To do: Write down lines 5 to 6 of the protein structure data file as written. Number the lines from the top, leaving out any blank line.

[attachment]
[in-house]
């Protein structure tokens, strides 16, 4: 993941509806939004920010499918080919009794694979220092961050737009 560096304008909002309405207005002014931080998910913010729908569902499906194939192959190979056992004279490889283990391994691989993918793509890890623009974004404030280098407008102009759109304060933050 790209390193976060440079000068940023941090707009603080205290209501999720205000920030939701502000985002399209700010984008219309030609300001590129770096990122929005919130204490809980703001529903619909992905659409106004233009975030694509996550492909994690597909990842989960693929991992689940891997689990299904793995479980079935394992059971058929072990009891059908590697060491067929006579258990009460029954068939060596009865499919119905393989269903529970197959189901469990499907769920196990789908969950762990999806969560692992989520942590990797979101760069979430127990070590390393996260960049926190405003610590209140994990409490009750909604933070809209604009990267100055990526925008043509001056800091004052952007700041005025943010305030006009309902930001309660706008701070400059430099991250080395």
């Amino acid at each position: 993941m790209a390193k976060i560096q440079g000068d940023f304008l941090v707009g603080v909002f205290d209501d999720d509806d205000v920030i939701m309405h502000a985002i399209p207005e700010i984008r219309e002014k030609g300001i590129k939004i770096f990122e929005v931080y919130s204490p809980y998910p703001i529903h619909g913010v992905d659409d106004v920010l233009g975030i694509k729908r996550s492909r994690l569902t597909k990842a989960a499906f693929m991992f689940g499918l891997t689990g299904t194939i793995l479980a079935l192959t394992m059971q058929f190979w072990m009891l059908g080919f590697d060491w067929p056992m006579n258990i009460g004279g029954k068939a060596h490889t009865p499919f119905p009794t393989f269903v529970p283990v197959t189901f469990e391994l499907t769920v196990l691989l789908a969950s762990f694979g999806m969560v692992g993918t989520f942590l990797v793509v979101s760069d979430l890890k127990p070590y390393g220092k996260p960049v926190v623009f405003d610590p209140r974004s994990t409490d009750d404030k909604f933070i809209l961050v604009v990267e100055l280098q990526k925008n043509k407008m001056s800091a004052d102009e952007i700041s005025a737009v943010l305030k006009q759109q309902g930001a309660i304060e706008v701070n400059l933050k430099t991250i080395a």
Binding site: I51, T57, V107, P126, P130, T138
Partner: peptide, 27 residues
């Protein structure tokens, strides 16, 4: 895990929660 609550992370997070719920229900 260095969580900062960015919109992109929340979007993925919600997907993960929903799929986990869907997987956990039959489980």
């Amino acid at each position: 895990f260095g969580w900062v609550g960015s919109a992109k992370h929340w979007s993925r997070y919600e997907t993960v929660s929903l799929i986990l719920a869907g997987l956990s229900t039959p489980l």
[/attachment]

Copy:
Partner: peptide, 27 residues
């Protein structure tokens, strides 16, 4: 895990929660 609550992370997070719920229900 260095969580900062960015919109992109929340979007993925919600997907993960929903799929986990869907997987956990039959489980």